An assassin shot President John F. Kennedy about 12:30 p.m. on November 22, 1963, as the President’s open car and motorcade passed through the streets of Dallas, Texas. The President was rushed to Parkland Memorial Hospital where he was pronounced dead about half an hour later. At the same hour and date, the USS KIDD’s commanding officer, Cdr. Robert E. Adams, and her executive officer, LCdr. Porter E. May, were conducting a routine material inspection of the ship. The ship was moored starboard side to Pier 4, Berth Southwest at the U.S. Naval Shipyard in Philadelphia, according to the ship’s smooth deck log. Cdr. Adams: As I recall, I was passing the radio shack, with the inspection well in progress, when someone there called out that the word had just come in that the President “had been shot at and hit.” We were obviously considerably shocked at the news but continued the inspection, receiving periodic updates. When the information came through that the President had died, I had a message sent to all ships in port to fly colors at half-staff. That was under the authority of the Division Commander, Captain Earl Greer, USNR, who was SOPA [Senior Officer Present Afloat] flying his pennant on the KIDD. Then I called him by phone and reported what I had done.”.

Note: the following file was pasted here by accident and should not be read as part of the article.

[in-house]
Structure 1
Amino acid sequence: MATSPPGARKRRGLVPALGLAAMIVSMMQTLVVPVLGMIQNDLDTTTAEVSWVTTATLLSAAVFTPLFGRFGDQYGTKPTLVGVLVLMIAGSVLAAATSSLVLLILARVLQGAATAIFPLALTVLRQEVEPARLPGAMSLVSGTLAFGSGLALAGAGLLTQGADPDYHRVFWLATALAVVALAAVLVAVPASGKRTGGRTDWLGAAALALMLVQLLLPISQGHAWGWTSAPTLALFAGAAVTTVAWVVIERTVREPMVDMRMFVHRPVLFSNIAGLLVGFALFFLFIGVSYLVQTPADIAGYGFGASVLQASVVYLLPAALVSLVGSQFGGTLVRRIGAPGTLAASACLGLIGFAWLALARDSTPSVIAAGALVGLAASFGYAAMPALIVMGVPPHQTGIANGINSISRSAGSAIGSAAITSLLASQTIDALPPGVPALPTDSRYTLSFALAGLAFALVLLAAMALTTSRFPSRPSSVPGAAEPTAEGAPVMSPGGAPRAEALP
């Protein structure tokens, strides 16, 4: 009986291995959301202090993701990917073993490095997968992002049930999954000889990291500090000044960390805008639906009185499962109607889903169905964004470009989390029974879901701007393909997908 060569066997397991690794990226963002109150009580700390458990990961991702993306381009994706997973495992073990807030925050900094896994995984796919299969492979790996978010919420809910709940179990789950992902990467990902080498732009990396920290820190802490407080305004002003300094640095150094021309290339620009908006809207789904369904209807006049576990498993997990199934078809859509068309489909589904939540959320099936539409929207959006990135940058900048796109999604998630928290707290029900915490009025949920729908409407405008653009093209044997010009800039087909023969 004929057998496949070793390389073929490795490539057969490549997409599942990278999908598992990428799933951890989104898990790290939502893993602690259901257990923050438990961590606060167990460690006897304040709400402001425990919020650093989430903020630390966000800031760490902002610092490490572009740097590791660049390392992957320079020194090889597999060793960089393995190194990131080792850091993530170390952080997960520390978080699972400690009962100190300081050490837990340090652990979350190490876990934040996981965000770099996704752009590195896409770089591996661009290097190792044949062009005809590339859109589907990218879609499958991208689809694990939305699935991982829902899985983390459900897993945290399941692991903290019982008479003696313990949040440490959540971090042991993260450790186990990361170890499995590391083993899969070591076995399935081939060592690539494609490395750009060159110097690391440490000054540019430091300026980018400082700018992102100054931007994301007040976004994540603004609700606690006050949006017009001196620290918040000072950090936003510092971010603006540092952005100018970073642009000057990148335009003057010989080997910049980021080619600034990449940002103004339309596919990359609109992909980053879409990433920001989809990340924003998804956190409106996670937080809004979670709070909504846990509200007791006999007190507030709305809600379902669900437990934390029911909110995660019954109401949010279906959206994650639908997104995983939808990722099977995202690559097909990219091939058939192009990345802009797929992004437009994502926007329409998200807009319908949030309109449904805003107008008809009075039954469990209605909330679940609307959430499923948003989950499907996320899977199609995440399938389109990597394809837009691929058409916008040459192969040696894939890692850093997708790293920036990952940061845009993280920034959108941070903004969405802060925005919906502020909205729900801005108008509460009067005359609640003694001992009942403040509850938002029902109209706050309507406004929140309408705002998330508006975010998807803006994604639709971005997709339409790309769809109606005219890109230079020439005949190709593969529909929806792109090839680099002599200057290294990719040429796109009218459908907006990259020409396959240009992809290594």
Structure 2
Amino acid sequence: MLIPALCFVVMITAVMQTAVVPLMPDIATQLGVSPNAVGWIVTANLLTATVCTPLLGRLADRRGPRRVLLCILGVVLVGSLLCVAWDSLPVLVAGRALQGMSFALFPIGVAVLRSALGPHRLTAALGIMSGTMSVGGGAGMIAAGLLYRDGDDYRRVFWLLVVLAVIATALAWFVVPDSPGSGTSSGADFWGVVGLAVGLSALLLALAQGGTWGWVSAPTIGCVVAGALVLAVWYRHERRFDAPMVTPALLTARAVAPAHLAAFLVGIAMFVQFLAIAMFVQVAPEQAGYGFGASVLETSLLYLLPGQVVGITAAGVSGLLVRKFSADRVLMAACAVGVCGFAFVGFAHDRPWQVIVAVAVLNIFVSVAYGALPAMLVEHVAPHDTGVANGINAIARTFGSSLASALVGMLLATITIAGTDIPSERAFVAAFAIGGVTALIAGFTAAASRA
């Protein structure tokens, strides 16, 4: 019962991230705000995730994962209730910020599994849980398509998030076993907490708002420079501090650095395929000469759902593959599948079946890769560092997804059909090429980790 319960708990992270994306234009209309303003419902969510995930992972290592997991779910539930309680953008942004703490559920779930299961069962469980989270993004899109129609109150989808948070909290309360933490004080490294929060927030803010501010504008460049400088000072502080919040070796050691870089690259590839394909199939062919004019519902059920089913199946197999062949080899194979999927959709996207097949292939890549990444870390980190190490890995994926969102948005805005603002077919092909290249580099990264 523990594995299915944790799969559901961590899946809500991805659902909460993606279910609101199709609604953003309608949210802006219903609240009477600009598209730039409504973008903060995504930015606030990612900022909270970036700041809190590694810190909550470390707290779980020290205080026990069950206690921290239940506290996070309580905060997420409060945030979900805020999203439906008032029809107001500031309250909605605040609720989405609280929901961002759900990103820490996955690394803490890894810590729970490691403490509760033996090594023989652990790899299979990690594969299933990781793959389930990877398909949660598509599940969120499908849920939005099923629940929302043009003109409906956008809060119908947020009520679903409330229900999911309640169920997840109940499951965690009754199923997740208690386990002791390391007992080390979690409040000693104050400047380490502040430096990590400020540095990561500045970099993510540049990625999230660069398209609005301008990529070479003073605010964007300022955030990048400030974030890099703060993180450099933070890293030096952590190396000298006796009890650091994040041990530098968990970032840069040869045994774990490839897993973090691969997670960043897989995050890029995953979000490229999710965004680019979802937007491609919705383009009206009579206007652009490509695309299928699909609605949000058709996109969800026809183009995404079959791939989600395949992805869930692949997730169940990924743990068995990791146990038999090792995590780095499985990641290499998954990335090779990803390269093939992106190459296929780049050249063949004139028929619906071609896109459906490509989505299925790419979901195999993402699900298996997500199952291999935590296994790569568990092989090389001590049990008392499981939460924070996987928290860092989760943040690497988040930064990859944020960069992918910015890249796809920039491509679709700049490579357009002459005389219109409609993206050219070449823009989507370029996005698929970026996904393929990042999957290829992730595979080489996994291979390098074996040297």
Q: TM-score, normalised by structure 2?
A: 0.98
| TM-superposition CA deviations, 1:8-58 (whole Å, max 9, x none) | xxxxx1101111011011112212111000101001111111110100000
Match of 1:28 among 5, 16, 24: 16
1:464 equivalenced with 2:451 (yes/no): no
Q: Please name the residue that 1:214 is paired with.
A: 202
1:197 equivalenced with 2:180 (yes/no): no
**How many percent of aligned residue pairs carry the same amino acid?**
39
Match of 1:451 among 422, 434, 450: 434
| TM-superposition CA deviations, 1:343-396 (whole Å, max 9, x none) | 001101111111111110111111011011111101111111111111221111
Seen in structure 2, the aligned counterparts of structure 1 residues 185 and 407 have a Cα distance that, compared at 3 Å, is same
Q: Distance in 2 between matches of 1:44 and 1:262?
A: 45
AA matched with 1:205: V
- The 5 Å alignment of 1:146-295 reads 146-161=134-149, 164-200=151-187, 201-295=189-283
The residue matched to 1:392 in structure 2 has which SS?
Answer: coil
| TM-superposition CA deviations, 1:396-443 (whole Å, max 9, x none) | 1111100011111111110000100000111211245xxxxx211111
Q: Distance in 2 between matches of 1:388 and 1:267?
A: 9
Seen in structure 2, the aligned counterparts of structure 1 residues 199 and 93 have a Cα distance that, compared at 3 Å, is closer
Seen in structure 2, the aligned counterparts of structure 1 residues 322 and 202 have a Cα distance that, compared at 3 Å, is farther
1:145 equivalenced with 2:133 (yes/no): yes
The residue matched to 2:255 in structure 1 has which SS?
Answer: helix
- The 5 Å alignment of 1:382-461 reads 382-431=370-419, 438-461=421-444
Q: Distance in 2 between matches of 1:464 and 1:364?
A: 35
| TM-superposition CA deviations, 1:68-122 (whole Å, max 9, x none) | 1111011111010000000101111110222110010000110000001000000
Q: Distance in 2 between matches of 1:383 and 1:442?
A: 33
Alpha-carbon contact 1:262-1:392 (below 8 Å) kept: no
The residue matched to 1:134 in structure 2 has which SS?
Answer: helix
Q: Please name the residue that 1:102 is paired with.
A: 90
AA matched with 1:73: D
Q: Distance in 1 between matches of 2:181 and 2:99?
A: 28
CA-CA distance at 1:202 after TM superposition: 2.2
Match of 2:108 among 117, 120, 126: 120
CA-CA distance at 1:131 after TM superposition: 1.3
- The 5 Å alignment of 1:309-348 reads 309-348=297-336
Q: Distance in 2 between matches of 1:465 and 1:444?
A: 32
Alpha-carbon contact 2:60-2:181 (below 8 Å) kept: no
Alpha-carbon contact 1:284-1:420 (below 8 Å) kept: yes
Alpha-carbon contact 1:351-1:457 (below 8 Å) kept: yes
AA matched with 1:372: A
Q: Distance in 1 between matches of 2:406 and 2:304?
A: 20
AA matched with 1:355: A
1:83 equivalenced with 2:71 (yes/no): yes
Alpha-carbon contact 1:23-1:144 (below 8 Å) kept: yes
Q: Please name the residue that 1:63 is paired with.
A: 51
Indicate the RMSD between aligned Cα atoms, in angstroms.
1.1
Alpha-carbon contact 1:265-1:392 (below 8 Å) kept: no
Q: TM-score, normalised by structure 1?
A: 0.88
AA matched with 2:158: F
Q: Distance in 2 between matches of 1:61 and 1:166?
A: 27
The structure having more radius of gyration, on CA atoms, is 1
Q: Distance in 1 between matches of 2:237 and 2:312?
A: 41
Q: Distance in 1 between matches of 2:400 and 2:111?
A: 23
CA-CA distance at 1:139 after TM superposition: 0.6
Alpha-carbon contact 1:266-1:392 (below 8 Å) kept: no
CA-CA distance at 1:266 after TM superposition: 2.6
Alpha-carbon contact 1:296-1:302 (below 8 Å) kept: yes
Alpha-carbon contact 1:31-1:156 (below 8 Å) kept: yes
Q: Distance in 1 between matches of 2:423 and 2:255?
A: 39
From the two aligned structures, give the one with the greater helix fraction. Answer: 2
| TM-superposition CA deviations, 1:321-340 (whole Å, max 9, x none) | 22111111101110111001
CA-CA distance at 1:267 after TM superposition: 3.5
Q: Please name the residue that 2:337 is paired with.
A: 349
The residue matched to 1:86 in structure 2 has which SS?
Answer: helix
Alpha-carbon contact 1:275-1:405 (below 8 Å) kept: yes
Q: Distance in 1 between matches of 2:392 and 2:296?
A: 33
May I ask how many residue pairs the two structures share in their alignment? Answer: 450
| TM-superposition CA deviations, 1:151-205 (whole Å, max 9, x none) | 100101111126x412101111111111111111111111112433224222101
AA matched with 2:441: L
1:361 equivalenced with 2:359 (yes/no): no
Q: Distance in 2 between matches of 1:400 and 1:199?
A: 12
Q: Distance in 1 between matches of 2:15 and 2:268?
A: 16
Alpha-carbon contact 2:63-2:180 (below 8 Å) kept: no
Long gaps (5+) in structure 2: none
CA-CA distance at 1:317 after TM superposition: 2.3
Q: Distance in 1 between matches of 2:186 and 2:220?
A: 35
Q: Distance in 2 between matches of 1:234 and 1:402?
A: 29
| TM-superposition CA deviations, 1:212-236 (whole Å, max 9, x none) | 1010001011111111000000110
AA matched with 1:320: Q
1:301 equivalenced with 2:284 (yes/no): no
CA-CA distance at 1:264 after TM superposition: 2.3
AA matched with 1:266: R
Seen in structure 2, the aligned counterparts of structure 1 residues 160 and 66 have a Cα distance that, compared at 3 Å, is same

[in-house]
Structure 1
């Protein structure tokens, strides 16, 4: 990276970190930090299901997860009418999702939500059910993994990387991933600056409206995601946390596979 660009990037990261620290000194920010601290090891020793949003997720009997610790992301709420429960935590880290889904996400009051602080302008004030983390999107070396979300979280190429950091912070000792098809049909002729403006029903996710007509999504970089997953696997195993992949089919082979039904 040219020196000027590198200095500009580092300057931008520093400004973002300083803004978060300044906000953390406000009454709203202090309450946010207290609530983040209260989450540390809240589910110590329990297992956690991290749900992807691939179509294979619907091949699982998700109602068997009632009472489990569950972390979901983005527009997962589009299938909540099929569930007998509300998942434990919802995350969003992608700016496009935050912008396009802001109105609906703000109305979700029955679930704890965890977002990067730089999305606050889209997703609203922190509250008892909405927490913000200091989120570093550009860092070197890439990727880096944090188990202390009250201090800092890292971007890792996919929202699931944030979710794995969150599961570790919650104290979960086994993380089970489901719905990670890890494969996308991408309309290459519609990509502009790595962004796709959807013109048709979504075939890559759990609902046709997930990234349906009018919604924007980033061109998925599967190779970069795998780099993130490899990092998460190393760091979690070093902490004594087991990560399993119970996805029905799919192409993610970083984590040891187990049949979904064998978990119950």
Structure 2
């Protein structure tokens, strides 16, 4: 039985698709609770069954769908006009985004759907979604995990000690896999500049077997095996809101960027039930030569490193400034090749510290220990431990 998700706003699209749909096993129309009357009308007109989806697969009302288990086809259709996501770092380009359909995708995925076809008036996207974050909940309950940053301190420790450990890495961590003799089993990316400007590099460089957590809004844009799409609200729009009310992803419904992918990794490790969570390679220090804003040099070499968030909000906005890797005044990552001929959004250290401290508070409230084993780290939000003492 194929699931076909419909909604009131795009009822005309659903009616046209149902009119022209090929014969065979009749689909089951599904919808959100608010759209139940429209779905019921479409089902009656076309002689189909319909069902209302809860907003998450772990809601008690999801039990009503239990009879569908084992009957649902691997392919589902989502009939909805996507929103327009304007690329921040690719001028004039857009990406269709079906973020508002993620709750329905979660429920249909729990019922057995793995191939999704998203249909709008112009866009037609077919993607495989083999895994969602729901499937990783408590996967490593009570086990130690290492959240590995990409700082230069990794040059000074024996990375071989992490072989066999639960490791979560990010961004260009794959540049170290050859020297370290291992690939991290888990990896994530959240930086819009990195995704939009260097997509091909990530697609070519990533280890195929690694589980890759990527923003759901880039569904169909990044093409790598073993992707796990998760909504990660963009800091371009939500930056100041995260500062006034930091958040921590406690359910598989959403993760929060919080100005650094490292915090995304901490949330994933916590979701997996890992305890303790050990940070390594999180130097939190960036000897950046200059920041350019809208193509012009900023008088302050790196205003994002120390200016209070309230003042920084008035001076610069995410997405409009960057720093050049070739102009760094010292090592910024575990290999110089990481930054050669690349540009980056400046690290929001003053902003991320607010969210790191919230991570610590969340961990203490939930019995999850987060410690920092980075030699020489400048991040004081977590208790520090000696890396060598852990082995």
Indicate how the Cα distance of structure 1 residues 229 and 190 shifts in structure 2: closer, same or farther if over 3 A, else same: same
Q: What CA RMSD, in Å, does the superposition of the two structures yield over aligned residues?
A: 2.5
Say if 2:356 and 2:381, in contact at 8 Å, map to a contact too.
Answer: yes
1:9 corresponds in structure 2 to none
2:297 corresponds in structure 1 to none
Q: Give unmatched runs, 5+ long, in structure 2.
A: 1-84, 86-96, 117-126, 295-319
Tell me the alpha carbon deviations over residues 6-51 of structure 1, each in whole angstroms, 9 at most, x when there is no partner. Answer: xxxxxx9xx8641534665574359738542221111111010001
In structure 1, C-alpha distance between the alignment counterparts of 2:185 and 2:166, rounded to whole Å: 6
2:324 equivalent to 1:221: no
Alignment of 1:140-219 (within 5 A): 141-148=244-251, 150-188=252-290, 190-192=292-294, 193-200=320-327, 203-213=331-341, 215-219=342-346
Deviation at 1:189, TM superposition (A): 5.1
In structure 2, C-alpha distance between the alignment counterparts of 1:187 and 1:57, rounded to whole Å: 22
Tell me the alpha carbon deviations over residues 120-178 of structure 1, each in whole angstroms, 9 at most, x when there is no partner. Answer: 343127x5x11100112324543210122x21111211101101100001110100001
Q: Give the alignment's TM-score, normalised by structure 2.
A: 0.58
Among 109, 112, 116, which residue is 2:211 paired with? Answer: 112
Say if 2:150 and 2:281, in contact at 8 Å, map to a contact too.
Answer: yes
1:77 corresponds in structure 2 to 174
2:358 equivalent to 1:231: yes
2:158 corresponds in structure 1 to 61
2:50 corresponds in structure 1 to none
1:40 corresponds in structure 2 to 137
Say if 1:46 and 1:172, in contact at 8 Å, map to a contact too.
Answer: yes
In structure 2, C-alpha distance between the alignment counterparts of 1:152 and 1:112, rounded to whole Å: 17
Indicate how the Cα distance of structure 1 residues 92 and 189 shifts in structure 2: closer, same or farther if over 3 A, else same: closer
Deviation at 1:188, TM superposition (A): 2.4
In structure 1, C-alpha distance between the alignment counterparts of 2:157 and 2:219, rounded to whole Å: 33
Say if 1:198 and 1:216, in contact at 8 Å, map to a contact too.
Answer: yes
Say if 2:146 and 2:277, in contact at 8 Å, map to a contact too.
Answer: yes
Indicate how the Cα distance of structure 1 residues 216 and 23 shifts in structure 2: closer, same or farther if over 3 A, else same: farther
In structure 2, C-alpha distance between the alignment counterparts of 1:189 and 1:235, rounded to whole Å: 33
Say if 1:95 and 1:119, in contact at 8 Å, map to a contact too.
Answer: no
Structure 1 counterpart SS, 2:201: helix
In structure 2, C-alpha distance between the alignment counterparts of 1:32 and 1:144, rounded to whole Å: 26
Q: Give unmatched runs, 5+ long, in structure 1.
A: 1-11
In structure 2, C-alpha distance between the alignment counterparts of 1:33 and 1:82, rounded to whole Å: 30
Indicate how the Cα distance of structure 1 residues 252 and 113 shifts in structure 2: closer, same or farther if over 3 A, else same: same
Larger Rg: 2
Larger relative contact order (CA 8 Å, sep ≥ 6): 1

Cold War (1953-64)
“The Day President Kennedy Died”
Memory from: Cdr. Robert E. Adams and LCdr. Porter E. May
Setting the Scene
There are points in history that are so defining that everyone remembers where they were or what they were doing when they learned the news. For the World War II generation, that moment was the attack on Pearl Harbor. For the 80s generation, it was the explosion of the space shuttle Challenger. These days, everyone can tell you exactly what they were doing when the World Trade Center towers fell on September 11, 2001. Cdr. Robert E. Adams and LCdr. Porter E. May recall the moments surrounding one of the definitive points in history for their generation: the assassination of President John F. Kennedy.